The supermarket I shop at is an amazing place. They handle over 35,000 items. They stock beer from eleven different countries and I once counted 97 different kinds of cheese. They have white cheese, yellow cheese, moldy cheese, goat cheese, yak cheese, hot spicy cheese, smoked cheese and some artificial stuff that contains nothing that ever lived.
With all of these wonders from around the world, why do they never have what's on my shopping list?
Recently Elizabeth gave me a list of three things to pick up at the market: whole black peppercorns, toothpicks and cat food. Nothing very exotic.
At the store I headed toward the section marked "SPICES". Under "P" they had lemon pepper, barbecue pepper, and roast pepper seasoning. There was ground black pepper, ground white pepper and whole red pepper corns and something called pepper exotica. But no whole black peppercorns. Nearby was a clerk stocking the gourmet food section. I asked her about whole black peppercorns, but she informed that she only stocked "gourmet" and "cheese" and that I would need to find either the manager or the spice stocker. Amazing! Specialization has even hit the stockers!
I finally found the store manager who was supervising a display of out of season fruit that had price tags with prices greater than I paid for my car. I inquired about whole peppercorns. The manager paged the spice stocker who told me they were out of whole peppercorns, but that they had ground pepper which was the same thing. "Maybe to you," I said, "but not to our pepper mill".
I than asked where toothpicks were located and was guided to the housewares aisle. At first glance it looked like what in my youth was called a Five and Dime store. A glance at a price tag told me that looks were deceiving.
I asked two customers if they had seen any toothpicks among the paper plates, party napkins, plastic glasses, balloons, party noise makers and other assorted marvels. I don't know how I could have missed them -- a veritable plethora of toothpicks. But I couldn't find one box of plain, ordinary wooden toothpicks.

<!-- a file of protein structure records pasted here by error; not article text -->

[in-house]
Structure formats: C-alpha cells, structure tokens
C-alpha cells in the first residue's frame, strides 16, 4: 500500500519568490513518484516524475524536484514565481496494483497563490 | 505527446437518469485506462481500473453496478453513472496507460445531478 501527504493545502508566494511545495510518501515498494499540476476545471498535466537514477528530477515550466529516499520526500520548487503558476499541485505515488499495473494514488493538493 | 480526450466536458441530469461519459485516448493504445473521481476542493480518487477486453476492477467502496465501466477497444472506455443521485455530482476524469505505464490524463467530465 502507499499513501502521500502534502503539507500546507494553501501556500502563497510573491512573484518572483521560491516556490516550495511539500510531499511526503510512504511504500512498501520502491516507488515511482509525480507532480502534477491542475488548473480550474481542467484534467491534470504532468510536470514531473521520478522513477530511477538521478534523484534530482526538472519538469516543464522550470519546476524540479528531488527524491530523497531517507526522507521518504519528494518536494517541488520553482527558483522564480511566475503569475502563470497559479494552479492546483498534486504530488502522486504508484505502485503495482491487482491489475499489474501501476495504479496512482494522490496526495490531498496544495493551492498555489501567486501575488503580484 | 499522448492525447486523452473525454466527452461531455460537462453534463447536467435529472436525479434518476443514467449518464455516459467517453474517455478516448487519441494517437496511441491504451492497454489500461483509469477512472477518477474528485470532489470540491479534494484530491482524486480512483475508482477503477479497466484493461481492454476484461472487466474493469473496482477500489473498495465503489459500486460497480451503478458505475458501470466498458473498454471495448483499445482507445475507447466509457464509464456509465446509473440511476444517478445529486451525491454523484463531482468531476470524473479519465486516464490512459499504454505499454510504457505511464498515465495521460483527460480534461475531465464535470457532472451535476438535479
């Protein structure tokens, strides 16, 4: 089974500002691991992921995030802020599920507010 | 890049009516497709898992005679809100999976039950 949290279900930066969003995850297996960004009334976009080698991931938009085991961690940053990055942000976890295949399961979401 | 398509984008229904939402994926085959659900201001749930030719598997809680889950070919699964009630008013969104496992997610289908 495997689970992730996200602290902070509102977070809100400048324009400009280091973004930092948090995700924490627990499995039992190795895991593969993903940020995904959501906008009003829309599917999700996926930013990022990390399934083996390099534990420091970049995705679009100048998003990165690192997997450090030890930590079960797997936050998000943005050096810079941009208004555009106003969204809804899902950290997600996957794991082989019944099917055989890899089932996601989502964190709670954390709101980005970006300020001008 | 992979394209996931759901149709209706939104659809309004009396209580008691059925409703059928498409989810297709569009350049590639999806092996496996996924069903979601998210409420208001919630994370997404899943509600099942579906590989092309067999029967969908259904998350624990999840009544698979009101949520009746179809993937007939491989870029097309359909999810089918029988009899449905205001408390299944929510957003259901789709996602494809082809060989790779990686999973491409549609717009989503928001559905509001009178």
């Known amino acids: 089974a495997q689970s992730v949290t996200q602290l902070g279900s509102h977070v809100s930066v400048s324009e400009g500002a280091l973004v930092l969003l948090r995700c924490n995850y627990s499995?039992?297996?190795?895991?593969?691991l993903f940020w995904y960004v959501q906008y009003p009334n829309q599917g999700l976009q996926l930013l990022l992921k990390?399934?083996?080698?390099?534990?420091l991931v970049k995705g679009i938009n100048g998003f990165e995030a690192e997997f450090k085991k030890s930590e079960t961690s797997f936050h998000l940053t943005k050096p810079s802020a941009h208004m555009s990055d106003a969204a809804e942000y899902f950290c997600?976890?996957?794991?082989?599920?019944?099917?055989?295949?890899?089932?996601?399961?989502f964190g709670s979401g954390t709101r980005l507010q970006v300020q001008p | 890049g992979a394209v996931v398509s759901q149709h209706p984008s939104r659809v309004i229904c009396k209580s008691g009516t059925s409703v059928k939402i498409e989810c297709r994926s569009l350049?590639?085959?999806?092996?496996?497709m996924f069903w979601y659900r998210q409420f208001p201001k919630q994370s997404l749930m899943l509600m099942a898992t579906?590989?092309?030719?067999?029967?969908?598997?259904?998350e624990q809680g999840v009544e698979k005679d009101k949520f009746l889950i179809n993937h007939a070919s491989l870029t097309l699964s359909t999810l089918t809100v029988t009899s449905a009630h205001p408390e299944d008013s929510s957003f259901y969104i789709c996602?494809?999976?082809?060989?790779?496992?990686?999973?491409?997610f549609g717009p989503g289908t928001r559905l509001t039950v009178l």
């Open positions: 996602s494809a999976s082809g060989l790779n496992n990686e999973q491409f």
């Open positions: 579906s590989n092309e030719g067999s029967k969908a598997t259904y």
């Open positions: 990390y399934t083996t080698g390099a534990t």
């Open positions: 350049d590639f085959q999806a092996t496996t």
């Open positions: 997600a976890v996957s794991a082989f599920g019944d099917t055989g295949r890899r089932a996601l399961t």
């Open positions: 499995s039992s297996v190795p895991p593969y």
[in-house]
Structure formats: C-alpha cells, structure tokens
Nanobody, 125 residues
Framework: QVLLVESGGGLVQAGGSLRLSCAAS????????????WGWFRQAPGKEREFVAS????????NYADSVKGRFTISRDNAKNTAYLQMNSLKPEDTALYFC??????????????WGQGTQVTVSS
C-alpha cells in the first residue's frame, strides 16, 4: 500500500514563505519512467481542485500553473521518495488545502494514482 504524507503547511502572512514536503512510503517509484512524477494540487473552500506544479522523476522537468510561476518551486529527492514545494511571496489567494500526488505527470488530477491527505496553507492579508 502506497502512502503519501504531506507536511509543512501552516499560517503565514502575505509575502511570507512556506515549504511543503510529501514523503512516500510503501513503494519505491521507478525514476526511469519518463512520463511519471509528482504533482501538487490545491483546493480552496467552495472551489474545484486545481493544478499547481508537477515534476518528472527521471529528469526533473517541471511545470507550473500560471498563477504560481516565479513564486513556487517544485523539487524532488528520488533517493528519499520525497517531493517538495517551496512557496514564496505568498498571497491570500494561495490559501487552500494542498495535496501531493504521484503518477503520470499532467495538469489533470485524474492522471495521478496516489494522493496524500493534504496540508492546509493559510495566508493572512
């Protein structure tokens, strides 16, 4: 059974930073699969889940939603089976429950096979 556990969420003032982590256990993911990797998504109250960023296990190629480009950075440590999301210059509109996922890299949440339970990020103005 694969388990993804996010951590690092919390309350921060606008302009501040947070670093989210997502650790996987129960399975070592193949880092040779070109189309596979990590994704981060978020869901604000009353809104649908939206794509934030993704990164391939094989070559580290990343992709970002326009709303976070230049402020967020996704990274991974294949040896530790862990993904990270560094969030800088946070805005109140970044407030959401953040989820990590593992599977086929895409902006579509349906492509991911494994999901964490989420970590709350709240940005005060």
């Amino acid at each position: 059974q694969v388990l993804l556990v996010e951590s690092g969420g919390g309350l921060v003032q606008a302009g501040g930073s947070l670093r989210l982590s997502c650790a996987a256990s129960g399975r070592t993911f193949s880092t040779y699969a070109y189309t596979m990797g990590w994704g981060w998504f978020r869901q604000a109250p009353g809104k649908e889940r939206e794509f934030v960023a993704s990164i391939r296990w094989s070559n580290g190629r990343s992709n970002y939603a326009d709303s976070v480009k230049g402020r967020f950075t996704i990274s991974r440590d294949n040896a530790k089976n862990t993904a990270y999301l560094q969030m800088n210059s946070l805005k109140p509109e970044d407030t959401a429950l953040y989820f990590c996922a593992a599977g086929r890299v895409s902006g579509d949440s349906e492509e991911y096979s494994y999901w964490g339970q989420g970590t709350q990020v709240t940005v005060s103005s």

I stopped a passing stocker and asked if he could help me. He told me he only handled frozen foods. I should have guessed. He was dressed in a parka and it was 103° outside. He did offer to send the Housewares Stocker over, however. Guess what? It was the same person who stocked spices. I guess he's working his way up the Corporate Stockers' Ladder. I explained my problem. He handed me a box of party toothpicks with little pieces of colored paper glued to one end. I shook my head. "Plain," I said. He glared at me and handed me a box of colored, plastic ones.
"Look," I smiled. "I like martinis. I put olives in my martinis. My wife gets very annoyed if I try and pluck one out of my drink with my fingers. I keep the olives on plain, ordinary wooded toothpicks. I don't want little pieces of colored paper floating in my martini. That would remind me of New Year's Eve and I loath New Year's Eve. I don't want colored plastic toothpicks because a chemistry professor once warned me that plastic and gin is lethal. I want plain, uncolored wooden toothpicks."
"We're all out," he exclaimed as he slid out of sight.
I found the cat food aisle all by my self. They were out of the only brand of cat food our cats will eat.
When I returned home I had ground black pepper, tooth picks with tassels, and six cans of cat food that our cats won't touch. Elizabeth looked at me questioningly.
"Senility," I replied.
A small note on the serious side:
In our posts we recommend various stores and products. Please be aware that we receive nothing for this. We merely are mentioning something that has worked for us. We will be doing product reviews in later posts. Again, we are not being paid or receive products for any review.